After the distraction of senators behaving badly, I am now returning to my intrepid travels to Istanbul.
Arriving late in the day after a long flight is actually smart. While I got some rest on the flight, it was not more than 2 hours overall, and so when I went to bed five four hours later (around 230 pm back home) I fell asleep readily and slept rather well.
The hotel had a nice breakfast included, spread out on a rooftop lounge that was where guests met.
But once dressed and fed I set out to cover the usual tourist haunts, the Blue Mosque and the Ayasofya, among others. But as the whole city was new, I was instantly distracted by a cemetery.
I love cemeteries, as they are generally quiet, rarely busy, and open a different door into a new culture. This cemetery, marked with shadows, grew up around a late Ottoman sultan's tomb. The sultans often built themselves lavish octagonal mausoleums in which they placed their coffins and those of their family. I visited several over the week. Of course, people wanted to repose in good company much as they wish to live in good company, so public officials (pashas) and men of means sought to be buried nearby. This one is halfway between my hotel near the University and the ancient square that stands between the Ayasofya and the Blue Mosque.
While people do visit cemeteries, and this one had a notable cafe attached, the current denizens are cats. Cats fill the corners of Istanbul. They are the favored domestic animal, at least the one not eaten. For some reason dogs are unpopular in Islamic countries. There is no rule against them, but there is a broad cultural distaste that means I saw very few canines and abundant felines. I should add that urban cats are common in Rome as well. Time and again Istanbul reminded me of Rome. Cats among the ruins was just the first indicator. The second was how ancient ruins are everywhere, a stray column, a crumbling wall, and yet the modern city simply wraps around them. Unlike the US where the old is scraped completely away, modern lives next door to ancient in a way I find consoling and appealing. Only Boston has a vestige of this in the United States. Quebec City has its old town, which evokes Old World life, but everywhere I have been in Europe the ancient is never far away. It may not be in good shape, but it is there and visible and usually preserved.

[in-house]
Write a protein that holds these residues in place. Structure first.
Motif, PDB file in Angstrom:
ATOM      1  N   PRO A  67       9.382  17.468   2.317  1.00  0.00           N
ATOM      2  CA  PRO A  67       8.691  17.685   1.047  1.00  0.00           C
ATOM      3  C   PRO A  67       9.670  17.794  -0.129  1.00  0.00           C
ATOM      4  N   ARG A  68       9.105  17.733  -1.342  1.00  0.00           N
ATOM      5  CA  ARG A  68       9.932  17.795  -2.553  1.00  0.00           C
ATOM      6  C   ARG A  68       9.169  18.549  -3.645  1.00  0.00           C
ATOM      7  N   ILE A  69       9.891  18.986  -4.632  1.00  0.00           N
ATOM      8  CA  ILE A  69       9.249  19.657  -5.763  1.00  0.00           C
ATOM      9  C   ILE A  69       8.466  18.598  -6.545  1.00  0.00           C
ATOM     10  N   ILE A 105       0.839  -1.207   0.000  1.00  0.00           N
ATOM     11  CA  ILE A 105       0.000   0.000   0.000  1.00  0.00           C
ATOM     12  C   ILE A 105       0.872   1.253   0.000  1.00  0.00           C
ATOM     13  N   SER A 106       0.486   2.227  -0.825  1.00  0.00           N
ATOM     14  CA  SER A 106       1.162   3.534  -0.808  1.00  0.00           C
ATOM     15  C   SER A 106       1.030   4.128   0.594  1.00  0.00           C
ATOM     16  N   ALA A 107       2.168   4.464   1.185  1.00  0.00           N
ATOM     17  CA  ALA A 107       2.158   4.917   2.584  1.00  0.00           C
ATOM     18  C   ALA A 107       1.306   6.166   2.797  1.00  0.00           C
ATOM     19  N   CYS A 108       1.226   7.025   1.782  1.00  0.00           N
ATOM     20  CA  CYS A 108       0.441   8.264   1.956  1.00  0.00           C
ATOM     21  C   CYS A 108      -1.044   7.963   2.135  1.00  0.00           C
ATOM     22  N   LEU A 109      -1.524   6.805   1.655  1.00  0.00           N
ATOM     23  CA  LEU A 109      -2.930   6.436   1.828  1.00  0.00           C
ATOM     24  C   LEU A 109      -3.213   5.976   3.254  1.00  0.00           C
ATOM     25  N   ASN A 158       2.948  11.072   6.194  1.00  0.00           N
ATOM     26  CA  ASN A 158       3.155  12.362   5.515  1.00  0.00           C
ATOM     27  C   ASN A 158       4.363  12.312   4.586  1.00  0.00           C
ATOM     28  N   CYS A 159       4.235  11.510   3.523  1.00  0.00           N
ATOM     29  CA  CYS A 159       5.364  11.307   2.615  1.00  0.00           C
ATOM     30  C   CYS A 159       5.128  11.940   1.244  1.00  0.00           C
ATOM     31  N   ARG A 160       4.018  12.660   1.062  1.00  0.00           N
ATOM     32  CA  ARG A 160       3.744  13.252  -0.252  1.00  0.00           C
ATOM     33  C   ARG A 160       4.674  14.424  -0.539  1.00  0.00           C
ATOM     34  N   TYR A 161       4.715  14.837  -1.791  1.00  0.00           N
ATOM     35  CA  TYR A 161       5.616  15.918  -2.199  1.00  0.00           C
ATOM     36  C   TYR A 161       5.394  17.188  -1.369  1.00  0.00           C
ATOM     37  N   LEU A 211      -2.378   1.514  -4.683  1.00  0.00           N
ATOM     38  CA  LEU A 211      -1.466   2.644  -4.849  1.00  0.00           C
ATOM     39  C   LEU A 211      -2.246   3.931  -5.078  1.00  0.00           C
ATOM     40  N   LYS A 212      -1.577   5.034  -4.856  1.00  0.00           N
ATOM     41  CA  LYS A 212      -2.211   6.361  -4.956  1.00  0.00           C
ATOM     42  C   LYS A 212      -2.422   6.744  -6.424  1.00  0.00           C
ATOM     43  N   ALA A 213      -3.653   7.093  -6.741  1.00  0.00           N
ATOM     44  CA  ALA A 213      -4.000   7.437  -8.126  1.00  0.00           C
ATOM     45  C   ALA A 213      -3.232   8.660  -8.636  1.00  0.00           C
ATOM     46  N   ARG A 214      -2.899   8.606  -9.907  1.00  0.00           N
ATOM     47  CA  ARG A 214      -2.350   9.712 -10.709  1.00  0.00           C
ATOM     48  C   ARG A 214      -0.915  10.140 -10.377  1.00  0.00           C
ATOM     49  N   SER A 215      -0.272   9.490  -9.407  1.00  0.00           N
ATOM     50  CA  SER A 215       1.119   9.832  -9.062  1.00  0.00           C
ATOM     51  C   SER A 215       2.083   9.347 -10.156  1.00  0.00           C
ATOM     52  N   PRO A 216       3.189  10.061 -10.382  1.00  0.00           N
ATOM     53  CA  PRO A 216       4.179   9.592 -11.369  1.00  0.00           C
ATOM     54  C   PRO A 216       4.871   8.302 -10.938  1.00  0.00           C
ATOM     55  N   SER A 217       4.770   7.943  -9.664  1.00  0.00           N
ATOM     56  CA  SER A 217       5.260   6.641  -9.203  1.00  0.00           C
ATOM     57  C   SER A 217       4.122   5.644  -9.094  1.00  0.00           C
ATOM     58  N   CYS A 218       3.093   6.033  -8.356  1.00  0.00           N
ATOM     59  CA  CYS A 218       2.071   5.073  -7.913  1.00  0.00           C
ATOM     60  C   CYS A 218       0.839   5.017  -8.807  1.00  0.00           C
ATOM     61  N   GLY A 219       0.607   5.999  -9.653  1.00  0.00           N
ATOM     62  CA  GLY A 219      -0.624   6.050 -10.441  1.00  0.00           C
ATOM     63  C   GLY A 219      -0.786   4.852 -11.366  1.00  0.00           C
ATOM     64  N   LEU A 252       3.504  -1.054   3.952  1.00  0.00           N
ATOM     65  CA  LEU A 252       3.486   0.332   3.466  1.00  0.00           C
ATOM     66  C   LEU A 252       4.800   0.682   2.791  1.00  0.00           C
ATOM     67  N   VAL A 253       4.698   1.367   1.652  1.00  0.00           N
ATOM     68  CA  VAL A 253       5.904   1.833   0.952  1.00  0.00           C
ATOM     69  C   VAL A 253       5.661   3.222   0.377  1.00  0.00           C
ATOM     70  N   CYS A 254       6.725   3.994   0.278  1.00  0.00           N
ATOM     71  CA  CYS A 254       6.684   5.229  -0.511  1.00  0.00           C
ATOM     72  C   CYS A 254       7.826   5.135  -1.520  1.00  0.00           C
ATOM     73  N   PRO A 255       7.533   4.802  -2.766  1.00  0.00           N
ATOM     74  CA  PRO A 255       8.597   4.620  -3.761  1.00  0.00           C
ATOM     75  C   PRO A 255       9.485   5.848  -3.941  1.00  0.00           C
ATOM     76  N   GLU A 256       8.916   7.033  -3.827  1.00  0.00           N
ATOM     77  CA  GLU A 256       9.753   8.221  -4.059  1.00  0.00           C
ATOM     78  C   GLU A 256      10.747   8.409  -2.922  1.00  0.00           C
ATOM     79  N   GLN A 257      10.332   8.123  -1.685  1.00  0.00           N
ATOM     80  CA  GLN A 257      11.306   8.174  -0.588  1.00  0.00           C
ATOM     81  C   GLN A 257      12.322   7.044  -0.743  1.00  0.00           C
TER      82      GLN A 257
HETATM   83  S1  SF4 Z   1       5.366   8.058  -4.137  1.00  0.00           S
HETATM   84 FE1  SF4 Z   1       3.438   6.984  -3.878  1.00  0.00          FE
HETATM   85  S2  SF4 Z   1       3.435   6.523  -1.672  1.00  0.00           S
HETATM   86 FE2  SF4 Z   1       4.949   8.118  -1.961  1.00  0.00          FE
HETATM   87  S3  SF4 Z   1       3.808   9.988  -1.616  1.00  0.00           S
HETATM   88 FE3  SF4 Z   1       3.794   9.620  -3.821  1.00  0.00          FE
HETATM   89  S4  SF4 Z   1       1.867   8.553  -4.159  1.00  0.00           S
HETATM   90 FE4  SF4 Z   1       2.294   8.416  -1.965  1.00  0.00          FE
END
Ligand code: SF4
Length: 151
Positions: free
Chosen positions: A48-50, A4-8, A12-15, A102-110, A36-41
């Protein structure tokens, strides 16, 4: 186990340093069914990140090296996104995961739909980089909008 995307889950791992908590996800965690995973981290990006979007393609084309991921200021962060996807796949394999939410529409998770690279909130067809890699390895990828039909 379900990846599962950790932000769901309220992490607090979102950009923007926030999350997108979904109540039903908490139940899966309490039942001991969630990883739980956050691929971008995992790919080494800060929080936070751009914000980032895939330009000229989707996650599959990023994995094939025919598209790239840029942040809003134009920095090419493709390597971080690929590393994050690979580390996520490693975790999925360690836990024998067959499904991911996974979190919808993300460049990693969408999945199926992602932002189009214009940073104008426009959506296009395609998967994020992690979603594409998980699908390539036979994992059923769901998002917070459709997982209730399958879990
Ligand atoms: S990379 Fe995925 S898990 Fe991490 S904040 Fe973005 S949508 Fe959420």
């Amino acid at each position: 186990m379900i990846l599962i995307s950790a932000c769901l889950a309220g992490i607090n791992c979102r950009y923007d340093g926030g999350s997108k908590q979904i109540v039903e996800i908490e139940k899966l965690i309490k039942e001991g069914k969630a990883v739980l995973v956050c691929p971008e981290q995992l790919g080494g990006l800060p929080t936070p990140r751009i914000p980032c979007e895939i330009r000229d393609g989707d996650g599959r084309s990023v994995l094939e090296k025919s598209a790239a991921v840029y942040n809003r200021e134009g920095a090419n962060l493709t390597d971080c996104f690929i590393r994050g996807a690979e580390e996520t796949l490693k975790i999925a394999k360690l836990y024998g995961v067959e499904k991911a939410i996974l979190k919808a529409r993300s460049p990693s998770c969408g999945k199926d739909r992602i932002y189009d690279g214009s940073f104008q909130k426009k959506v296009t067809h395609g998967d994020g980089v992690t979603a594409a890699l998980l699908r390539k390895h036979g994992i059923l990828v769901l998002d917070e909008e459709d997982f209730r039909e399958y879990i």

This fellow here is one of the half dozen rug merchants who approached me whenever I got close to the tourist sites. They are all well versed in English and so eager to sell that they volunteer as tour guides to get your ear. This fellow found me in the old square (you can see the Ayasofya behind him) and counseled me to go to the Blue Mosque first, as tour groups mob the Ayasofya in the morning. He insisted on walking me there, striking up conversation and trying to get me to look at his wares. I was warned of their persistence and that it was perfectly acceptable to decline often and firmly.
Crossing through the park that was once part of the Palace of the Byzantine Emperors, I turned around to get this photo. Classic, predictable, even hokey, the sight was still impressive. To know that this was both the largest church and the largest building in Europe until Michelangelo's St. Peter's of the 16th century, to know that it was 1000 years old then and is almost 1500 years old now, and that it was built when Rome itself was tumbling into a ruin that would reach a nadir of 40,000 inhabitants (less than one tenth its size in the first century) is to have your perspective on history and time and culture jolted to one side. Byzantium was Rome, New Rome officially, Constantinople by common parlance, Constantine's City, and so central to the world that people simply called it "The City," which in Greek is "sten polin," the origin of the word Istanbul.
BTW, you can click on any of these photos and see them in their larger original format. My skills are minimal, but it is a decent camera.